Selenium (Se) pollution has led to several cases of severe aquatic ecosystem deterioration due to Se poisoning caused by bioaccumulation over time. However, the removal of selenate (SeO42-) from wastewater streams with co-contaminants has been largely considered as a black box in anaerobic biological systems using mixed consortia. This research aimed at addressing the effect of wastewater characteristics, i.e. co-contaminants such as nitrate (NO3-) and sulfate (SO42-), heavy metals and pH, on the biological reduction of SeO42- and evaluating process integration for Se-laden wastewater treatment with co-contaminants. This study demonstrated that the presence of co-contaminants can actually be beneficial for Se removal provided that the concentrations are carefully monitored and appropriate operating conditions and process configurations are used. The Se removal (total Se and SeO42-) efficiency increased by ~30% in the presence of NO3- and/or SO42- compared to systems with SeO42- alone. Additionally, an integrated process of an ion exchange (IX) column and bioreactors showed improved overall removal capacity for SO42- and total Se. The knowledge and information gained from this research can help in the advancement and application of biological processes, i.e. predicting of reactor performance, solving specific design or practical problems and implementing novel treatment techniques for Se-laden mine wastewater.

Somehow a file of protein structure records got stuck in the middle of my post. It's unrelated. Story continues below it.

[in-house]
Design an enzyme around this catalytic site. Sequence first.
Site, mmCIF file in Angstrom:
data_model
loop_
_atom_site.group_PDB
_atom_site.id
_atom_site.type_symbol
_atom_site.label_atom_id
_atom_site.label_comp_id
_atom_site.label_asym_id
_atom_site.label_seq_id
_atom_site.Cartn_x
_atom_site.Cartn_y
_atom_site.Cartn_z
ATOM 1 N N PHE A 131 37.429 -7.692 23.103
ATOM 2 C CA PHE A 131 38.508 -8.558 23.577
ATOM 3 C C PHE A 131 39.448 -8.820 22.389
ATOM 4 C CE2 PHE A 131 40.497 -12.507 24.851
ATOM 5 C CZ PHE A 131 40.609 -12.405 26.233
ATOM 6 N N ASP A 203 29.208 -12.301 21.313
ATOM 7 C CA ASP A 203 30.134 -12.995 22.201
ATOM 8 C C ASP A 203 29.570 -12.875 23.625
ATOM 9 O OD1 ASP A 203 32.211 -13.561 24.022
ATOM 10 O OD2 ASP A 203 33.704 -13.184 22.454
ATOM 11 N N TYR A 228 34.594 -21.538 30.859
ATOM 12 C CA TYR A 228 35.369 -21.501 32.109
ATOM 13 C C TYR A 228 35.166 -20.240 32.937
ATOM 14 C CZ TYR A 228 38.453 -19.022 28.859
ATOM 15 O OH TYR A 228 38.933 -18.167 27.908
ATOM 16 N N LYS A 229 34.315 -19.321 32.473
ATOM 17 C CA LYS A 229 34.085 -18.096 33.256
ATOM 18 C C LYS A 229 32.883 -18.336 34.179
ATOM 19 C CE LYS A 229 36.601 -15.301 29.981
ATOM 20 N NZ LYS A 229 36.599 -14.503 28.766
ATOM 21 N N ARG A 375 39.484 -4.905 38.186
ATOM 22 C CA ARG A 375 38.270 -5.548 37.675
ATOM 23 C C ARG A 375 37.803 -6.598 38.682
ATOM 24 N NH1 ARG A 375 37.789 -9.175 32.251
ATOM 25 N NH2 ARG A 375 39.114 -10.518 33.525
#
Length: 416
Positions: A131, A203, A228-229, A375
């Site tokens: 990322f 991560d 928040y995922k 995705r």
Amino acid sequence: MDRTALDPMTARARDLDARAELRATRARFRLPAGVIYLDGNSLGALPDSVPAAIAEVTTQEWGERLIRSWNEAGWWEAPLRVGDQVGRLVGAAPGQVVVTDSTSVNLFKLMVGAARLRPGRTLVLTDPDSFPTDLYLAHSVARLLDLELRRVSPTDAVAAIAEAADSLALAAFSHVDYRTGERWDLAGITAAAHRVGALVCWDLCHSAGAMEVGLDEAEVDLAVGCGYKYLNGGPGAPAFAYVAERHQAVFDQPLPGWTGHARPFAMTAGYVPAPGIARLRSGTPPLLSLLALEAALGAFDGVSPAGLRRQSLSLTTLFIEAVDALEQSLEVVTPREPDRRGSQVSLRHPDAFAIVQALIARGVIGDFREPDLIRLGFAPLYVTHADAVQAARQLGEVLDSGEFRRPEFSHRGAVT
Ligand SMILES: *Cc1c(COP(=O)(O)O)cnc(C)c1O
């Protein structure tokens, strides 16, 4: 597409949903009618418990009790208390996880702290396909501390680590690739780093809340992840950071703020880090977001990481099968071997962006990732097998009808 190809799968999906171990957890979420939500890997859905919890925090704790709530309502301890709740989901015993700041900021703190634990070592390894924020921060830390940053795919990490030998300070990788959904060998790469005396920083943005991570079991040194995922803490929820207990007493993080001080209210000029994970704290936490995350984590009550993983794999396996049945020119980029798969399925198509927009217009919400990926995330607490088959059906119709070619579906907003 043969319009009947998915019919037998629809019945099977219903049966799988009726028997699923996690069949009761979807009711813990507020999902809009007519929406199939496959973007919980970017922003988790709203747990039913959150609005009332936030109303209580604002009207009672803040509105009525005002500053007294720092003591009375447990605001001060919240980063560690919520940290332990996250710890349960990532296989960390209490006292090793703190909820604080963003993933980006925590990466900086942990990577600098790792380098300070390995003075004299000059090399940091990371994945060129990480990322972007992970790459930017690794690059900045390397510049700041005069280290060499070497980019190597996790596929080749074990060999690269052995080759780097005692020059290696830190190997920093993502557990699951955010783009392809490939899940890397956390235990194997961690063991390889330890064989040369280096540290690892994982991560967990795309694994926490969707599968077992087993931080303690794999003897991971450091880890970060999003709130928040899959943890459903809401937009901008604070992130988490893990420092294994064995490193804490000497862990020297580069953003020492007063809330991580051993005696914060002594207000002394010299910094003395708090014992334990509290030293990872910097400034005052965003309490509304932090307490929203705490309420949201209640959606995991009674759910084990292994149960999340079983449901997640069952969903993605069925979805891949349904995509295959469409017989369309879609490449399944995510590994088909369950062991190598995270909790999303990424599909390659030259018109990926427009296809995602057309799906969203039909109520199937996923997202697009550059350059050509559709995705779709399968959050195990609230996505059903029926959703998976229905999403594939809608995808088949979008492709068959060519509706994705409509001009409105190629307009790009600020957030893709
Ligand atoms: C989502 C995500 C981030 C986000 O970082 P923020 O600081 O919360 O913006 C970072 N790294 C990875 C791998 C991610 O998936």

Lea Chua Tan was born in 1987 in Manila, Philippines. She obtained her bachelor in science (BSc) in Chemical Engineering from De La Salle University - Manila, and earned her Chemical Engineering License in 2009. Lea worked in the industry until 2012 as a Wastewater Engineer Supervisor at Ibiden Philippines Inc., as a Field Service Coordinator at Emerson Electric Asia Ltd. Rosemount Analytical Division and as a Research Assistant at the Center for Sustainable Development (CeSDR) in De La Salle University - Manila. She earned her master in science (MSc) degree in Environmental Engineering from Hokkaido University in 2014, where she worked on the biological-based response evaluation of different reclamation systems using a combination of conventional bioassay and transcriptome-based analysis as test battery. Lea started a PhD Fellow at UNESCO-IHE, Delft, the Netherlands in 2014, focussing on understanding the biological anaerobic treatment process for mine wastewater for the removal of selenate and its co-contaminants. She successfully earned her PhD on the 18th December 2017, and is currently working as a post-doctoral researcher at National University of Ireland, Galway focusing on anaerobic digestion.